[oracle@ODIGettingStarted ~]$ wget http://opldownload-staging.s3.amazonaws.com/uda/components/7.0/x86_64-generic-linux-glibc212-64/opljdbc.taz
[oracle@ODIGettingStarted uda]$ sh install.sh
Started installation on : ODIGettingStarted
Extracting (opljdbc.taz) …
Setting up CLASSPATH for Java connectivity.
You can choose between the following Java JDK versions:
1) JDK 1.1.x
2) JDK 1.2.x
3) JDK 1.3.x
4) JDK 1.4.x
5) JDK 1.5.x
6) JDK 1.6.x
7) JDK 1.7.x
8) JDK 1.8.x
Please enter your choice [ENTER=6] : 8
Creating scripts …
End of installation
[oracle@ODIGettingStarted uda]$ ls -ltr jdk1.8
-rw-r — r — . 1 oracle oracle 263873 Jul 28 2015 opljdbc4_2.jar
-rw-r — r — . 1 oracle oracle 168464 Jul 28 2015 megathin4_2.jar
Copy the OpenLink Java 8 JDBC Client jar (opljdbc4_2.jar) to the $HOME/.odi/oracledi/userlib directory on Unix based (Linux, Mac OS X etc) systems:
[oracle@ODIGettingStarted uda]$ cp jdk1.8/opljdbc4_2.jar $HOME/.odi/oracledi/userlib
[oracle@ODIGettingStarted uda]$ ls -ltr $HOME/.odi/oracledi/userlibtotal 272
-rw-r — — -. 1 oracle oracle 332 Oct 2 2013 additional_path.txt
drwxr-x — -. 2 oracle oracle 4096 Jun 19 2014 component
drwxr-x — -. 4 oracle oracle 4096 Jul 1 19:32 pattern
-rw-r — r — . 1 oracle oracle 263873 Aug 4 10:33 opljdbc4_2.jar
Note on Windows systems these files would be placed in the ..\AppData\Roaming\odi\oracledi\userlib directory
The OpenLink JDBC Client installation and configuration for use with ODI is now complete.
ODI Studio Setup
Start the ODI 12c Studio application by double click on on the icon on the Linux VM desktop:
Check ODI Studio is actually picking up the OpenLink JDBC Client (opljdbc4_2.jar) for use on startup, by going to the Help -> About –> External Components menu and type “opl” to filter the list. You should see the following:
If you don’t, then make sure you have copied the jar file to the right folder.
ODI Topology — Connection
The next step is to configure the Microsoft Excel technology module in the Topology navigator, to use the OpenLink JDBC Driver (opljdbc4_2.jar).
This requires a connection be made to the ODI repository which can be done by clicking on the Connect to Repository icon in the left frame window, at which point you will be prompted for a Wallet Password, that is welcome1 by default and then for the ODI Login credentials that are user = SUPERVISOR and Password = SUPERVISOR by default. The ODI initialisation will take place and the connection completed:
Click on the blue factory icon in the top right of the Topology tab in the left Frame wndow and ensure the option to Hide Unused Technologies in not checked, otherwise you would see the Microsoft Excel technology module:
Add New Excel Data Server module:
Give Data Server a new in the Definitions tab
Add the OpenLink JDBC Driver name and connection string parameters (jdbc:openlink://hostname:5000/SVT=ODBC/DATABASE=ODBCDSN) for connecting to the Request Broker on thewindows-hostname on port 5000 , with the connect params SVT = ODBC and Database = ExcelDSN ; with ExcelDSN being the name of the Excel ODBC Driver DSN created on the Windows machine.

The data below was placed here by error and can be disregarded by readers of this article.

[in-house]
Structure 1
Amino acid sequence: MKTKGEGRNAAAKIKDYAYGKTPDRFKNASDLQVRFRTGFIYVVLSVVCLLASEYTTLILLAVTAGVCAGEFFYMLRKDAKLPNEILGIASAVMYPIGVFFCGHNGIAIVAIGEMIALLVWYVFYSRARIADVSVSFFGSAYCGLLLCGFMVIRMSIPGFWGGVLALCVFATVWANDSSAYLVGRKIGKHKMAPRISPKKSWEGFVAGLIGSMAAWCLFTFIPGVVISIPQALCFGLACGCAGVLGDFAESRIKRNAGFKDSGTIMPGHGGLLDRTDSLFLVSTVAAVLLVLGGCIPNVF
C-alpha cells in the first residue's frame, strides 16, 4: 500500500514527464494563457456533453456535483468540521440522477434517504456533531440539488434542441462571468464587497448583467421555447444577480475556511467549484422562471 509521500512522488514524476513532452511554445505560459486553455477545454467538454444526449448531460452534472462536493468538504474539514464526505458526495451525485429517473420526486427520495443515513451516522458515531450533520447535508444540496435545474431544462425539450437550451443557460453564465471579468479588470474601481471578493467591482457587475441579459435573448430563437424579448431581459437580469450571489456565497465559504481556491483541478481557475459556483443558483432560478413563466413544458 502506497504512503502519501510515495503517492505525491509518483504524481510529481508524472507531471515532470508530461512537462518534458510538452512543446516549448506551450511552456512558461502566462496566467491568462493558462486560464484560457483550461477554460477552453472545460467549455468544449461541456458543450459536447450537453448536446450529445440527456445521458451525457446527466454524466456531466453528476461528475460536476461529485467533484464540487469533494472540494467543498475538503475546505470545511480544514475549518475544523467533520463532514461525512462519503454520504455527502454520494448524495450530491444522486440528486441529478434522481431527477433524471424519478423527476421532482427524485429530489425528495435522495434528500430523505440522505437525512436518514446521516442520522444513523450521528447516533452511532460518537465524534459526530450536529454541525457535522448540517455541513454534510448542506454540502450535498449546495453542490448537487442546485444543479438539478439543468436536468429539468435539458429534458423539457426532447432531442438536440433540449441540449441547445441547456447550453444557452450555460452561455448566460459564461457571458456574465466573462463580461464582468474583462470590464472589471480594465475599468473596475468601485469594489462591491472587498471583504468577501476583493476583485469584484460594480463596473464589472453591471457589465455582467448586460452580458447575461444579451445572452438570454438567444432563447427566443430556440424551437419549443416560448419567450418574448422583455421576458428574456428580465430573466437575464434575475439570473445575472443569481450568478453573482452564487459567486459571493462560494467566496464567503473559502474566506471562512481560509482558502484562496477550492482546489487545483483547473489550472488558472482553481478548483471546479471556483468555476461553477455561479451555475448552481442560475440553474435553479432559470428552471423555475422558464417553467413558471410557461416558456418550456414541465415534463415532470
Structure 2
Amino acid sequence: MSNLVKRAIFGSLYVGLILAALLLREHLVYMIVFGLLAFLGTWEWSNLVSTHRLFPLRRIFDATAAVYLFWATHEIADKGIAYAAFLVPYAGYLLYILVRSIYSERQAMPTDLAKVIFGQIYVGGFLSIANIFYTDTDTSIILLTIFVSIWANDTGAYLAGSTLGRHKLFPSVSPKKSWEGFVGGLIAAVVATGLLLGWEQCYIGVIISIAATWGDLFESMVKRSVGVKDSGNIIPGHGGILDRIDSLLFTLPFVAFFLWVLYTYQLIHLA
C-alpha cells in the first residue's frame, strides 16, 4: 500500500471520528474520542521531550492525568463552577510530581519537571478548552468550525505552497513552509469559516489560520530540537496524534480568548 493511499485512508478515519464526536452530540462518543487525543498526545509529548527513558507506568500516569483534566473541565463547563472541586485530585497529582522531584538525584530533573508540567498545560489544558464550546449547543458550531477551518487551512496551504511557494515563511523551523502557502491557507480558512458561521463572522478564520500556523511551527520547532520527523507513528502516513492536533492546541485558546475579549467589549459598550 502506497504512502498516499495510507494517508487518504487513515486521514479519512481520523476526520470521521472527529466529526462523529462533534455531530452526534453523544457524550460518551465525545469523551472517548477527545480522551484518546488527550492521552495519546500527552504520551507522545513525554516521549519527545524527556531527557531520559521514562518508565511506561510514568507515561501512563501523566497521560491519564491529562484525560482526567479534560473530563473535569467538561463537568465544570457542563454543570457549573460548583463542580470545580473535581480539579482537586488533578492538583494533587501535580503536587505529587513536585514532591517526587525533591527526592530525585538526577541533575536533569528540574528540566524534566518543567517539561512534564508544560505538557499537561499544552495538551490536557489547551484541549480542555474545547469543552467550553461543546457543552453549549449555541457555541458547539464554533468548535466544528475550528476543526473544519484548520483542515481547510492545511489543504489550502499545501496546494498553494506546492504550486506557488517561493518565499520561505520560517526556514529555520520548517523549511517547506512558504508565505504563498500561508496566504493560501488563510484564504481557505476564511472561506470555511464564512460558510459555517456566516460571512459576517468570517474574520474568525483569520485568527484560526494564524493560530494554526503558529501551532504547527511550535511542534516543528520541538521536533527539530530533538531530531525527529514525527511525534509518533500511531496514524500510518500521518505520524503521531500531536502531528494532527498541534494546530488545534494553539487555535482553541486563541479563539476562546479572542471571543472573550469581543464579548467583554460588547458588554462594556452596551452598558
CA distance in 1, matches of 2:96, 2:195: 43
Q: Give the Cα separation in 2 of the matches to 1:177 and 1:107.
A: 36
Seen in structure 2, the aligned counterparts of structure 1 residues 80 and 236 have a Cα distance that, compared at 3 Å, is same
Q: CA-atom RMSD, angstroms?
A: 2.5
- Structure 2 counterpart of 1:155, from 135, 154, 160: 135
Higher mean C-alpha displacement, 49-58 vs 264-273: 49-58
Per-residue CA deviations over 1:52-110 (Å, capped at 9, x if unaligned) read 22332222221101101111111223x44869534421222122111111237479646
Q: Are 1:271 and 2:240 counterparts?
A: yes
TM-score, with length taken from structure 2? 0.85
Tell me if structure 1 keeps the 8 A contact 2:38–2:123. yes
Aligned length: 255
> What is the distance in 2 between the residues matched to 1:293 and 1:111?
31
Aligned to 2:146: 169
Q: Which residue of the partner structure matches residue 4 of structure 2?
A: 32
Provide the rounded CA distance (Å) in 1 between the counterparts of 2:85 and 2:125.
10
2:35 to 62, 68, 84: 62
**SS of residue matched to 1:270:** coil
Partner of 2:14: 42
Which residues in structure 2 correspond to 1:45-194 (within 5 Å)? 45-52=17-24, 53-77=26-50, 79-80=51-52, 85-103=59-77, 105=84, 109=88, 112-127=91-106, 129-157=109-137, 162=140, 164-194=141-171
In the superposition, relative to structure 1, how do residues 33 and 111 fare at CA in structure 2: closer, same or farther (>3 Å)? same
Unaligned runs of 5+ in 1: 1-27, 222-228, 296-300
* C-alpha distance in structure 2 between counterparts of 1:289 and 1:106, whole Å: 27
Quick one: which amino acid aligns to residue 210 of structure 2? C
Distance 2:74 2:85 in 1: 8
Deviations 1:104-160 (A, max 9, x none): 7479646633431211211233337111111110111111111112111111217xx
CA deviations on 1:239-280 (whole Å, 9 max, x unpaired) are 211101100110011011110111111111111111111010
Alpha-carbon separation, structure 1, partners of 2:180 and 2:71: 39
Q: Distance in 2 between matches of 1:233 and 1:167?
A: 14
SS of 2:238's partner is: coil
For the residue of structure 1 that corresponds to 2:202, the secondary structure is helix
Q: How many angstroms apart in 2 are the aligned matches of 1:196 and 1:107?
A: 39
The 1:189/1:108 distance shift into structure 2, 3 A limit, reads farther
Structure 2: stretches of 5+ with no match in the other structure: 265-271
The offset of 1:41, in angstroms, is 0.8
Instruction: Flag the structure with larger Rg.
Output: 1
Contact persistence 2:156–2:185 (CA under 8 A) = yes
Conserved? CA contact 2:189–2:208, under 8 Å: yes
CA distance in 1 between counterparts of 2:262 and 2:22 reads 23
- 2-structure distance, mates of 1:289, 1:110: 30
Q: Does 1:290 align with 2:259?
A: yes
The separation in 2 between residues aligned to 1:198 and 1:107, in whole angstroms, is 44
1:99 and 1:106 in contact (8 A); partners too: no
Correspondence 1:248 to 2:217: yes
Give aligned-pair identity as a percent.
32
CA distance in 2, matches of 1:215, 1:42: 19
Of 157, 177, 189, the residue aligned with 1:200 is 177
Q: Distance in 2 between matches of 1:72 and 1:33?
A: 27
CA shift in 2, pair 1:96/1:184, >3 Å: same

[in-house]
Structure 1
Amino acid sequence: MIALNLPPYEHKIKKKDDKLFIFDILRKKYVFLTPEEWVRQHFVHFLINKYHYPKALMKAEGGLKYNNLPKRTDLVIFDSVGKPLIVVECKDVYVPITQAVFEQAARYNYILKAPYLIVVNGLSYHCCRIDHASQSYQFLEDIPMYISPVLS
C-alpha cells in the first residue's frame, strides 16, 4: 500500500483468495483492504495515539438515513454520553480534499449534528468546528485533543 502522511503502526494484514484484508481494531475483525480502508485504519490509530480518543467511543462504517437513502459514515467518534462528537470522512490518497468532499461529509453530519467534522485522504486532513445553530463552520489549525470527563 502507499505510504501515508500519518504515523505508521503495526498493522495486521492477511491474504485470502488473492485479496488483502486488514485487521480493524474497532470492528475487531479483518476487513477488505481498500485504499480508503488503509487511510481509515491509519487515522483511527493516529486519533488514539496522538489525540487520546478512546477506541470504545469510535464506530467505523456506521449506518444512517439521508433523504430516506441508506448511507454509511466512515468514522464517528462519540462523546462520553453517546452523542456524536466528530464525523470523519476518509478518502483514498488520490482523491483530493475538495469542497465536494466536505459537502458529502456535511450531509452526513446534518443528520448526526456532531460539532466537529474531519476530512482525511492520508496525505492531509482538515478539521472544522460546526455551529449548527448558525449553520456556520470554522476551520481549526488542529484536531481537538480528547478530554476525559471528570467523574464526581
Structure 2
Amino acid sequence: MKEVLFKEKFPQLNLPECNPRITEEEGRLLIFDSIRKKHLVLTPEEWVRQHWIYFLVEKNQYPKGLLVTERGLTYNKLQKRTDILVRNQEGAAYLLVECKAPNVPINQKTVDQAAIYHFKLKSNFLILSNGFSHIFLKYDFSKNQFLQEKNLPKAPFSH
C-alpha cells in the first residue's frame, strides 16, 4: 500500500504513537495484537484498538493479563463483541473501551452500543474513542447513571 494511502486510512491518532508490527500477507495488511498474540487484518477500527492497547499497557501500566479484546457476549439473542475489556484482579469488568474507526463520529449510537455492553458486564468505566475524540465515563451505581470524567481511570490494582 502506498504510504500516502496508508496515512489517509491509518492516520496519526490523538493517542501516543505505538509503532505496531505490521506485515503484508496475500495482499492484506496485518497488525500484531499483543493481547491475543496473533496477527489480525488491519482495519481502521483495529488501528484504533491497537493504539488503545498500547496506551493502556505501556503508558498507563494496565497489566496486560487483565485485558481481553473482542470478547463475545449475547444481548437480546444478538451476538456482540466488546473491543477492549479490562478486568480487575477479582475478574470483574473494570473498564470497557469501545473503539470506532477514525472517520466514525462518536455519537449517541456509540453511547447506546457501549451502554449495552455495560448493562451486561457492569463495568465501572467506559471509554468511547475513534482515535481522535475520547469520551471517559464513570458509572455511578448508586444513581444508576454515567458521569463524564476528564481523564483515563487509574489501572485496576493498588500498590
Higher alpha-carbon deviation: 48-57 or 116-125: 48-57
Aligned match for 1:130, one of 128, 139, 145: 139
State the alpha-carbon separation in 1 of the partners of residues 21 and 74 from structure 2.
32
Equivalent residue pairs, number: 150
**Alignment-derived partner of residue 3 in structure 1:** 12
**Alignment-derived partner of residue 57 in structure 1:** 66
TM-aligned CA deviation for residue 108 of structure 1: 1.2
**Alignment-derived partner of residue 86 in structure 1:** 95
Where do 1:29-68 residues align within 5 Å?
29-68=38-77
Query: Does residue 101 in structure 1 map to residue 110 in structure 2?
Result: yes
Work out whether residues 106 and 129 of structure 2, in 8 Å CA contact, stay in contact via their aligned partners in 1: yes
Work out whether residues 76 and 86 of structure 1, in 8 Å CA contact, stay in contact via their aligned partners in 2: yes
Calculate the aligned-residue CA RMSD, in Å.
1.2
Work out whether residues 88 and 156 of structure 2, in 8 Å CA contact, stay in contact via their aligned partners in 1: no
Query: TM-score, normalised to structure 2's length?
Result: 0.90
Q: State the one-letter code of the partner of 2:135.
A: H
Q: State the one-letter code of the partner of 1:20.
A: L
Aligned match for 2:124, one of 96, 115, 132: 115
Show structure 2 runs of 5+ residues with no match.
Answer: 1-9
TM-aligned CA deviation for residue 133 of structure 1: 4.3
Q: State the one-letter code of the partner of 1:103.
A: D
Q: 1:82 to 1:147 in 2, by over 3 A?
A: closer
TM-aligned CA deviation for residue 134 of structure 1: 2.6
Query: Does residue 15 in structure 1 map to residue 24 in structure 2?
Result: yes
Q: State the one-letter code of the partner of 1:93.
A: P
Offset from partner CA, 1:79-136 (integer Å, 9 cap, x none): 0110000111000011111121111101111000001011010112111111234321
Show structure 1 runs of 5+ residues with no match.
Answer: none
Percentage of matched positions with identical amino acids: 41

Click on the File -> Save menu item to save the Data Server and right click on it and select the Test Connection menu item to test the connection to the Excel Spreadsheet on Windows:
From the Toplogy tab right click on the newly create Excel Data Server and select the New Physical Schema menu item to create a physical schema for the data server:
In the Definitions tab use the default name given for the schema or a name of your choosing
In the Context tab create a context name for the physical schema and associate it with a Logical Schema name of your choice:
In the Logical Architecture drop down in the left frame Window create a new Logical Schema for the Excel data server and associate it with the physical Schema name created in the previous step
Select the Models drop down from the left frame menu and right click on it to add a new Model giving it a name of your choosing. The Code name is automatically generated based on the Name. Select the Microsoft Excel module from the Technology drop down menu and then from the Logical Schema drop down select the logical Schema created in the previous step
From the Selective Reverse-Engineering tab tick the 4 check box options presented as below; then click that File -> Save menu item to save the options.
Click on the Reverse Engineer tab in the Model toolbar menu. Oracle Data Integrator launches a reverse-engineering process for the selected datastores. A progress bar indicates the progress of the reverse-engineering process. At the end of the process you will see the Metadata for the Excel Spreadsheet defined on Windows has been imported.
Right Click on the imported SpreadSheet, HEALTH_DATA in this case select the View Data menu option:
The data in the SpreadSheet will now be dispalyed in the right pane window.
There you have it the Excel SpreadSheet data available in ODI 12c …